“As climate change continues to grow in prominence, Botswana’s water situation, with its knock-on effects across the socio-political spectrum, is a particularly important factor that needs an increased impetus with more effective service delivery in the country’s rural area,” IOA findings indicate.
Accordingly, it states that this will go a long way to improve the living standard and general health of many Batswana, and in relation to this, it explains that it is pertinent for Masisi’s government to find more effective methods to deal with human-wildlife conflict, in addition to the hunting ban.
“Any strategies aimed at the latter should also bear in mind the role of Botswana’s tourism industry, both in relation to the economy and broader employment. With this in mind the age-old over- reliance on the diamond industry will have to be adjusted and more proactive policies adopted to provide sustainable employment, especially among the youth,” it states.
However, a vital component of youth employment has proven to be education aligned with the needs of the job market, the Africa report indicates adding that Masisi’s government urgently needs to ensure that the currently misaligned tertiary education sector be re-evaluated and re-vamped in order to deliver graduates who are capable of meeting the country’s skills requirements.
It adds: “Botswana’s ruling government also needs to look inward and address the institutional weaknesses that manifest in its outdated constitution. For the good of the whole nation and its future, it is critical to close in on the constitutional and other legislative loopholes with an aim of promoting its checks and balances.”
This is particularly important in the fight against corruption, it maintains while highlighting that part of these institutional frameworks is the controversial image of the Directorate on Intelligence and Security Services (DISS), which should also be reworked to truly serve the people instead of being an instrument at the disposal of the President.
The research was conducted by In On Africa (IOA) which is one of the leading Africa-focused research, consulting and publishing firms. IOA was founded in 2007 and aims to ensure data-driven decision-making through quality research and analysis. IOA offers a wide range of services to help clients better understand Africa and to accelerate growth on the continent.
President Dr Mokgweetsi Masisi has identified at least 12 cabinet ministers who form part of his long-term plans owing to their loyalty and tenacity in delivering his vision. Masisi, who will see-off his term in 2028 — provided he wins re-election in 2024 — already knows key people who will help him govern until the end of his term, WeekendPost has learnt.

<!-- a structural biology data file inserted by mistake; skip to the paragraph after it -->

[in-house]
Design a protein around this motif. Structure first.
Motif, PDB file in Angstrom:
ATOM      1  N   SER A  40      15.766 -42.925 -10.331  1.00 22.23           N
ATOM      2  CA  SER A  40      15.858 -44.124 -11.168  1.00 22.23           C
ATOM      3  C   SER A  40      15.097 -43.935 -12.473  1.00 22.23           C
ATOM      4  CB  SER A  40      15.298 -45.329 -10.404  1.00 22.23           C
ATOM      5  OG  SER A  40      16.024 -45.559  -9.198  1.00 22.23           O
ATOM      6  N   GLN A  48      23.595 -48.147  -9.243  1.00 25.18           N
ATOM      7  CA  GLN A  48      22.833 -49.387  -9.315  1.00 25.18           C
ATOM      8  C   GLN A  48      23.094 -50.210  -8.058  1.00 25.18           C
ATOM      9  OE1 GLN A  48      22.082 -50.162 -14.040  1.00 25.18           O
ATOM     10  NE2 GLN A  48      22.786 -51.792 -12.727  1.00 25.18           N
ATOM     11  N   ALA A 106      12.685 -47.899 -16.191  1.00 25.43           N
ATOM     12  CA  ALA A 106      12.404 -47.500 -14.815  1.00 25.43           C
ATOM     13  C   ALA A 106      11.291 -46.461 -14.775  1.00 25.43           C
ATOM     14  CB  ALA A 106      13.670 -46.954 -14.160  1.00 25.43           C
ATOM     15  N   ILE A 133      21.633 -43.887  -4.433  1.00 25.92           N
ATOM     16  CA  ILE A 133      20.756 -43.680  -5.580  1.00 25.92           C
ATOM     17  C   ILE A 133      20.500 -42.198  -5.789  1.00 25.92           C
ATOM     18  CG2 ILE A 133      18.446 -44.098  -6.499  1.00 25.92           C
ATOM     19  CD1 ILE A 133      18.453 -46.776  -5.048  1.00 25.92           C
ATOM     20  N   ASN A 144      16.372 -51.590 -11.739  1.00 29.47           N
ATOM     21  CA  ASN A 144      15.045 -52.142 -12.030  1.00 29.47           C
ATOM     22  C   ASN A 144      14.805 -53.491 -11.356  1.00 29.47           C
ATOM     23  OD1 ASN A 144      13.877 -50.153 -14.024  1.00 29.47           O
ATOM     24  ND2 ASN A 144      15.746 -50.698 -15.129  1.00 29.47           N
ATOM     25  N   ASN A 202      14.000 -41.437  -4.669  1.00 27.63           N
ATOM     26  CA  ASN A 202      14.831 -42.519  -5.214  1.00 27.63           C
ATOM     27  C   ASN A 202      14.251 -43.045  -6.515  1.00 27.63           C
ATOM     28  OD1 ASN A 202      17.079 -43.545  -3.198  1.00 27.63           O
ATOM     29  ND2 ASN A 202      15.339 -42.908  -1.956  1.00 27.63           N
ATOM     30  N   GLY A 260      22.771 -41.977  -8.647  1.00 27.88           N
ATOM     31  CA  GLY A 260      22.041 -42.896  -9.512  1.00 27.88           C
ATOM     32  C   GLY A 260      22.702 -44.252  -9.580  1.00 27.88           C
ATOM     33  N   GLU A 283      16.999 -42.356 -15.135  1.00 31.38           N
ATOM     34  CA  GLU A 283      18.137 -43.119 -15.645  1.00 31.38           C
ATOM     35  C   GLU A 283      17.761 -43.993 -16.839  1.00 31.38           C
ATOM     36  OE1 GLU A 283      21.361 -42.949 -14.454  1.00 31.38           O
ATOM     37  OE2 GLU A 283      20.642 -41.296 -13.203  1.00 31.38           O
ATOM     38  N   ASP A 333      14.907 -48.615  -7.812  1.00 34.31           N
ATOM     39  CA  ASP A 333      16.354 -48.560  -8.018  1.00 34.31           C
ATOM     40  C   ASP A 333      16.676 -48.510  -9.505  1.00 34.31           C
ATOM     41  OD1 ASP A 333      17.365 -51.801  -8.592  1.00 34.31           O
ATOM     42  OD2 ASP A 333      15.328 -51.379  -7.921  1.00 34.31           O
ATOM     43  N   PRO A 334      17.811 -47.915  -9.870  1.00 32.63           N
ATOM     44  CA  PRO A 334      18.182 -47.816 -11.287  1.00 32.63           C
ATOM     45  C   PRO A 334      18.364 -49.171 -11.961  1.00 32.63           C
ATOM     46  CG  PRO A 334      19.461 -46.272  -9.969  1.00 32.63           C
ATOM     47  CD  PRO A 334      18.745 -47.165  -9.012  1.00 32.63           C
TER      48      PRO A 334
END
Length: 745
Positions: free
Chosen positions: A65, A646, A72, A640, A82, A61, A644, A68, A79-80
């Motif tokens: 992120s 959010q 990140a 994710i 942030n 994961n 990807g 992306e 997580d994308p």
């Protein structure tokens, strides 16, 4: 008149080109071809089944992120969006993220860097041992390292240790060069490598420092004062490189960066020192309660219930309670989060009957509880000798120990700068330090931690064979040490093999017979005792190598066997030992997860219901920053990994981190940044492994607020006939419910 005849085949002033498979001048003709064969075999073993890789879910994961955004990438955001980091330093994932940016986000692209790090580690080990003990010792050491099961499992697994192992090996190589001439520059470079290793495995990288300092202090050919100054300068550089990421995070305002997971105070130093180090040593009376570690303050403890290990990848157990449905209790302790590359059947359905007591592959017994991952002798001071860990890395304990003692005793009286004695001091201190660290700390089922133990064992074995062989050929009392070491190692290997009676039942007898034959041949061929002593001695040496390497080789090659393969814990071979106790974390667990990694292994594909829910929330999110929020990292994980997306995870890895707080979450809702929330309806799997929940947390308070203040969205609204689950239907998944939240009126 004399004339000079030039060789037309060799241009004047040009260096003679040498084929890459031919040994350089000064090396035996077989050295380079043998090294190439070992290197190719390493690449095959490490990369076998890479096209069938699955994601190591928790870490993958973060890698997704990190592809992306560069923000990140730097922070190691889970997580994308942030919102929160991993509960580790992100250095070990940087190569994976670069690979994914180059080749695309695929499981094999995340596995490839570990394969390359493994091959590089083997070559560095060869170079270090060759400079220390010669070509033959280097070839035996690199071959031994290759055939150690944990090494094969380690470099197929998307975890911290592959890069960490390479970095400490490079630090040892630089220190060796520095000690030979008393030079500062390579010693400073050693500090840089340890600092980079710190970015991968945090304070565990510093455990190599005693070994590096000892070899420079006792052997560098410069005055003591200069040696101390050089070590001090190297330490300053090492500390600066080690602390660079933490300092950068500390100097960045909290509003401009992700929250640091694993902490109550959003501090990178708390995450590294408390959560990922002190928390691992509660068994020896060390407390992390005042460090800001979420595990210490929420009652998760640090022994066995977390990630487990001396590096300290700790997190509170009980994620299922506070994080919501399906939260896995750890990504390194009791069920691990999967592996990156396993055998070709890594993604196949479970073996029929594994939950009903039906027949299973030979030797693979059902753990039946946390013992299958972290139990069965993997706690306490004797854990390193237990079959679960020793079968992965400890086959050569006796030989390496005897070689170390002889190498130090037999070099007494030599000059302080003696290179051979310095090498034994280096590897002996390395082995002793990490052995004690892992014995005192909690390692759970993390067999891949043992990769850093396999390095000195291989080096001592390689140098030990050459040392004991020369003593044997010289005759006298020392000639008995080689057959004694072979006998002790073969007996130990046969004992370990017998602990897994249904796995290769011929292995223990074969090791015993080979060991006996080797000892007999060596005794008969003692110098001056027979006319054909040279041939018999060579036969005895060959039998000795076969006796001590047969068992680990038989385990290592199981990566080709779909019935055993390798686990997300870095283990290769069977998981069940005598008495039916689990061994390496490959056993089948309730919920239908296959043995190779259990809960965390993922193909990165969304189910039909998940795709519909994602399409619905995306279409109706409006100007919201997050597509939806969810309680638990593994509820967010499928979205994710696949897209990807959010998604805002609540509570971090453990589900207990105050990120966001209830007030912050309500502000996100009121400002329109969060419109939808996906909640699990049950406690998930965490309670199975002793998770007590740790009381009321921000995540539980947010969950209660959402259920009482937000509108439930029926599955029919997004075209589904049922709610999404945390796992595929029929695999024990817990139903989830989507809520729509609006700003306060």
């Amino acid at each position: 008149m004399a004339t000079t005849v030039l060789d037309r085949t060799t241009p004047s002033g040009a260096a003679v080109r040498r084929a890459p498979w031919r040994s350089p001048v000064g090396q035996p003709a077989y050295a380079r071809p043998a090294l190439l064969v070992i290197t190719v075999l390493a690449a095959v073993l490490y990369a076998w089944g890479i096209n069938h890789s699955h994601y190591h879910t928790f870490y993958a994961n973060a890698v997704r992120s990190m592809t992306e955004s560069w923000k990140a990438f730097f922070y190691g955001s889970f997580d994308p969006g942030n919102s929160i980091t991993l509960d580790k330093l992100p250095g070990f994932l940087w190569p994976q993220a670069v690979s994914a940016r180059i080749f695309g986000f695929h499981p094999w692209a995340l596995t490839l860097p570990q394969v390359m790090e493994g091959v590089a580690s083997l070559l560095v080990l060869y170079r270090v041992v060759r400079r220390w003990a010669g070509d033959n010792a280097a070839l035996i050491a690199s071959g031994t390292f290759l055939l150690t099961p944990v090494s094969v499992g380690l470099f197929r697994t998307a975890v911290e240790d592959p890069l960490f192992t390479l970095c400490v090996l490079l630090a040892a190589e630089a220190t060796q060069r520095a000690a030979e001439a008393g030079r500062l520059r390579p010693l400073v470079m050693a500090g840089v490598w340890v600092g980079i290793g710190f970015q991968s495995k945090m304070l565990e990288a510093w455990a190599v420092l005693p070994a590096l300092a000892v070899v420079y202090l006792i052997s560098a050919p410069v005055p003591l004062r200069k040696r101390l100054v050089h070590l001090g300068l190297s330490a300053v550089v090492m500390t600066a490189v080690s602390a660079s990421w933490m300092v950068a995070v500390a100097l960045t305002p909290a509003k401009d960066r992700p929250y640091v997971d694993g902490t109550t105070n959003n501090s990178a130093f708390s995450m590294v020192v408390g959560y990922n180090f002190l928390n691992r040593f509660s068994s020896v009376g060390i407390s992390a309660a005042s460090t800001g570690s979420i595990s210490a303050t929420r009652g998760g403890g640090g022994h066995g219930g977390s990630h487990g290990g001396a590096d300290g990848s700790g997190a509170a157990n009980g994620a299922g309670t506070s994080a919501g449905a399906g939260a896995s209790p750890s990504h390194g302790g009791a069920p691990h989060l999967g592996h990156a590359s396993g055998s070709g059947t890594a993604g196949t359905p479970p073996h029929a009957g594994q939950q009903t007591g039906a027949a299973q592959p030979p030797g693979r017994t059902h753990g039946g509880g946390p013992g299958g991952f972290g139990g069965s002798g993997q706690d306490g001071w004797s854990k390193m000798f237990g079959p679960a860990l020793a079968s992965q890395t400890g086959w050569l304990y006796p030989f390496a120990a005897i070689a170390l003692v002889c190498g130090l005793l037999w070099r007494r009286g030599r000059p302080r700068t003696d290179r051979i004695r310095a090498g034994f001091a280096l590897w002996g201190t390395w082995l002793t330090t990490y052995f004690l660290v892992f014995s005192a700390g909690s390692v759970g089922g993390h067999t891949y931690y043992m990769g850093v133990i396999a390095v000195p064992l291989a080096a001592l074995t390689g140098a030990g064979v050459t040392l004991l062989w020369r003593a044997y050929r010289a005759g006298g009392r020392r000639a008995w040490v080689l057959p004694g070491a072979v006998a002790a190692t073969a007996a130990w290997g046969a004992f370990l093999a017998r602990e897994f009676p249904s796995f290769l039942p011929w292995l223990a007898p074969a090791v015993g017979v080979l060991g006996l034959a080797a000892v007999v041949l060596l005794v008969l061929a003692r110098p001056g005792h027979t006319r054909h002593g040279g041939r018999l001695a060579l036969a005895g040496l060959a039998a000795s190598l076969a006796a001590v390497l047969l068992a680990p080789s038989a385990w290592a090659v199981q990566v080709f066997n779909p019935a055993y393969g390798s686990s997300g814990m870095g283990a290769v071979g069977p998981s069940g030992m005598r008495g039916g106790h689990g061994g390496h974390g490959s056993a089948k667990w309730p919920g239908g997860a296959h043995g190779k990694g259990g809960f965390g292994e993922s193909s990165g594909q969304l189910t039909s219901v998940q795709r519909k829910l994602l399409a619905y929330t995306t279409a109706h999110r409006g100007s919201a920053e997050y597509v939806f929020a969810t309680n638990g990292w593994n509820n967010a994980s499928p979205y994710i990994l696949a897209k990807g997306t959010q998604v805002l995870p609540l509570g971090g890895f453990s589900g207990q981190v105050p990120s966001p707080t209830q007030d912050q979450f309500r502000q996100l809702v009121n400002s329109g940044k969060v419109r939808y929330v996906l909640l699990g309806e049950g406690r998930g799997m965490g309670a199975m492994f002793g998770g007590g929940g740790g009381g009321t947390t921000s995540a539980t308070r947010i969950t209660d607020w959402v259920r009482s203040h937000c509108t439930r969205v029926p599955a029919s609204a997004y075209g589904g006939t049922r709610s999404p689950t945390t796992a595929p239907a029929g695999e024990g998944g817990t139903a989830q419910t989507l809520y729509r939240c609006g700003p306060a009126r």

Despite negative criticism towards ministers from some quarters over a number of decisions and their somewhat cold deliberations and failure to articulate government programs, Masisi is said to be a number one cheer leader of his cabinet. He is said to have more confidence in his cabinet and believes going forward they will reach the aspired levels and silence the critics.
The outgoing President of the Court of Appeal, Justice Ian Kirby, shares his thoughts with us as he leaves the Bench at the end of this year.
WeekendPost: Why did you move between the Attorney General and the Bench?
Ian Kirby: I was a member of the Attorney General’s Chambers three times- first in 1969 as Assistant State Counsel, then in 1990 as Deputy Attorney General (Civil), and finally in 2004 as Attorney General. I was invited in 2000 by the late Chief Justice Julian Nganunu to join the Bench. I was persuaded by former President Festus Mogae to be his Attorney General in 2004 as, he said, it was my duty to do so to serve the nation. I returned to the Judiciary as soon as I could – in May 2006, when there was a vacancy on the High Court Bench.
Botswana’s civil society is one of the non-state actors that could save the country’s democracy from sliding into regression, a Germany based think tank has revealed. This is according to a discussion paper by researchers at the German Development Institute who analysed the effects of e-government usage on political attitudes In Botswana.
In the paper titled “E-government and democracy in Botswana: Observational and experimental evidence on the effects of e-government usage on political attitudes,” the researchers offer a strongly worded commentary on Botswana’s ‘flawed democracy.’ The authors noted that with Botswana’s Parliament structurally – and in practice – feeble, the potential for checks and balances on executive power rests with the judiciary.